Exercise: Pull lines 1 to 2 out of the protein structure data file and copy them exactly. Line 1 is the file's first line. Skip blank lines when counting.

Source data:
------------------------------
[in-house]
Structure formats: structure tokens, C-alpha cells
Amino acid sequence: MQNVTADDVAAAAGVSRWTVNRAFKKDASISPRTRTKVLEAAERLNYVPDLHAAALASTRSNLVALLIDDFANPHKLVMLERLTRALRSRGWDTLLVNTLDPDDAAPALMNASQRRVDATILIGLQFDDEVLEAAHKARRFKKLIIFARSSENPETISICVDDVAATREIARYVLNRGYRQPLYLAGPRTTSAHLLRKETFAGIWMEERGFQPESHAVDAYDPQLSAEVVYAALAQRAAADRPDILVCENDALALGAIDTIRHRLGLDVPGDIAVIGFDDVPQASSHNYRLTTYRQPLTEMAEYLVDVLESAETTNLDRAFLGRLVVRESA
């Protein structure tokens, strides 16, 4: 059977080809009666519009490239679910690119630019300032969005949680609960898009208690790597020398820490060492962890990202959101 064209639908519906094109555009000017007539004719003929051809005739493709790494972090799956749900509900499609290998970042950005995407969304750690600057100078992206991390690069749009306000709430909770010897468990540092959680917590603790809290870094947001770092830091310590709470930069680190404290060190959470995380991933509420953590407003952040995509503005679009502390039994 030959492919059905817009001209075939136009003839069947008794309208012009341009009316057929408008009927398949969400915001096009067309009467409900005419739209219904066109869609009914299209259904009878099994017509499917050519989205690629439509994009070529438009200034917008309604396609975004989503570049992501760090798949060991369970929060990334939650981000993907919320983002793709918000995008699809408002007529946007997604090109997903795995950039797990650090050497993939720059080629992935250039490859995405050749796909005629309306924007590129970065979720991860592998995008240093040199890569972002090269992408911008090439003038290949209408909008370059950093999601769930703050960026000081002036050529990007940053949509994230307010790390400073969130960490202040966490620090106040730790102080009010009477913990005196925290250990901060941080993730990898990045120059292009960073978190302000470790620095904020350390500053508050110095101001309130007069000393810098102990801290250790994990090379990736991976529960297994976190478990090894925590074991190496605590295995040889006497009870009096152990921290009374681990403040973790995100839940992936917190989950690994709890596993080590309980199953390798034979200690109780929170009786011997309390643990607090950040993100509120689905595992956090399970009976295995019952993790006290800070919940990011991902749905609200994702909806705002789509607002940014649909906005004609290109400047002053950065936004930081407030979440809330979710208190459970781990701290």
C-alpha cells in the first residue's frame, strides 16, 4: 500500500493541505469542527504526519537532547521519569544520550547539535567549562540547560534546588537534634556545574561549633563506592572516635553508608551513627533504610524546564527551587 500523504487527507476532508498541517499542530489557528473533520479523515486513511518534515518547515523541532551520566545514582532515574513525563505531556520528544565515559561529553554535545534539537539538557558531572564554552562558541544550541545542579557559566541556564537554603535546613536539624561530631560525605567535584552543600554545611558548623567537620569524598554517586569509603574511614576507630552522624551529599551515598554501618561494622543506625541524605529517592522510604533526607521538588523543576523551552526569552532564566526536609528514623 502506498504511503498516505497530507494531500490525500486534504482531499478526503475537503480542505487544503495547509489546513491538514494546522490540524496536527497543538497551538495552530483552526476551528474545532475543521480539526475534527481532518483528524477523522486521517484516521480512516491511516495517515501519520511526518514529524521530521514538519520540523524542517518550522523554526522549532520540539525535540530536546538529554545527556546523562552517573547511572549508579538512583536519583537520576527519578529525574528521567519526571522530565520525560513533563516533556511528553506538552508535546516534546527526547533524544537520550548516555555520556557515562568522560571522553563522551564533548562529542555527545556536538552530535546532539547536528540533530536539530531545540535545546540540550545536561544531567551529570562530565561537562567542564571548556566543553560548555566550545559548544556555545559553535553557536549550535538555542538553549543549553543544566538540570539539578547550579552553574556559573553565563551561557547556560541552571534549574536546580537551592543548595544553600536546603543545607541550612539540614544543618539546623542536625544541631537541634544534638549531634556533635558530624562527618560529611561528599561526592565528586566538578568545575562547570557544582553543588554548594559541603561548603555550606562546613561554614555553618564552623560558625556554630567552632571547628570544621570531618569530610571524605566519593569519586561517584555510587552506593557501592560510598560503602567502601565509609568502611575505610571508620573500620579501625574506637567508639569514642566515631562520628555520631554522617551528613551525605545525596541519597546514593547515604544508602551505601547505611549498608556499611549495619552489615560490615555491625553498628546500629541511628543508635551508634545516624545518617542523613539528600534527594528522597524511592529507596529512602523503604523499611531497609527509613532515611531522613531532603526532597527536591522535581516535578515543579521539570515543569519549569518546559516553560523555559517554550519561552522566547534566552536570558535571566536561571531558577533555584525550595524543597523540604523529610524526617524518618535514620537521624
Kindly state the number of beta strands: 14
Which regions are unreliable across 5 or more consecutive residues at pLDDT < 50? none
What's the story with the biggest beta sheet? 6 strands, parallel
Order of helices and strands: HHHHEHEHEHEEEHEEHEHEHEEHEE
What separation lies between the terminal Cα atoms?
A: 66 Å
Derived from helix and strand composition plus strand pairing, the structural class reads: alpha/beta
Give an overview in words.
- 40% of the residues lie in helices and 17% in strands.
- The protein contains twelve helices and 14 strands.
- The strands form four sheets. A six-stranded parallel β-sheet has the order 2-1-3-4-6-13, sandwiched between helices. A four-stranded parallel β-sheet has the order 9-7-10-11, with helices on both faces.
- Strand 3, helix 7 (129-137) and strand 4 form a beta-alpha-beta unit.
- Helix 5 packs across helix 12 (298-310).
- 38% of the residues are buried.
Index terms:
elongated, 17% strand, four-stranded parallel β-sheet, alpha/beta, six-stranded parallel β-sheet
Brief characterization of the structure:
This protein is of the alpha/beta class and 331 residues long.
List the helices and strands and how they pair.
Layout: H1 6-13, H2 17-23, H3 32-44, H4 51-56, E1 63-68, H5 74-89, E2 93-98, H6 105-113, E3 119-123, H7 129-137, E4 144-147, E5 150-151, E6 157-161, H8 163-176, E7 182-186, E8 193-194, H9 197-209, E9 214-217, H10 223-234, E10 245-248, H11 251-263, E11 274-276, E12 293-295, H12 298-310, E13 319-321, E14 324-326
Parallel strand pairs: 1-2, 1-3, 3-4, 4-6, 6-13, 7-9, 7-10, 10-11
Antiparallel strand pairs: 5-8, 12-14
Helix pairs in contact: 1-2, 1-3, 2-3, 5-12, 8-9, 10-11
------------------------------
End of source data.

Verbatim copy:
[in-house]
Structure formats: structure tokens, C-alpha cells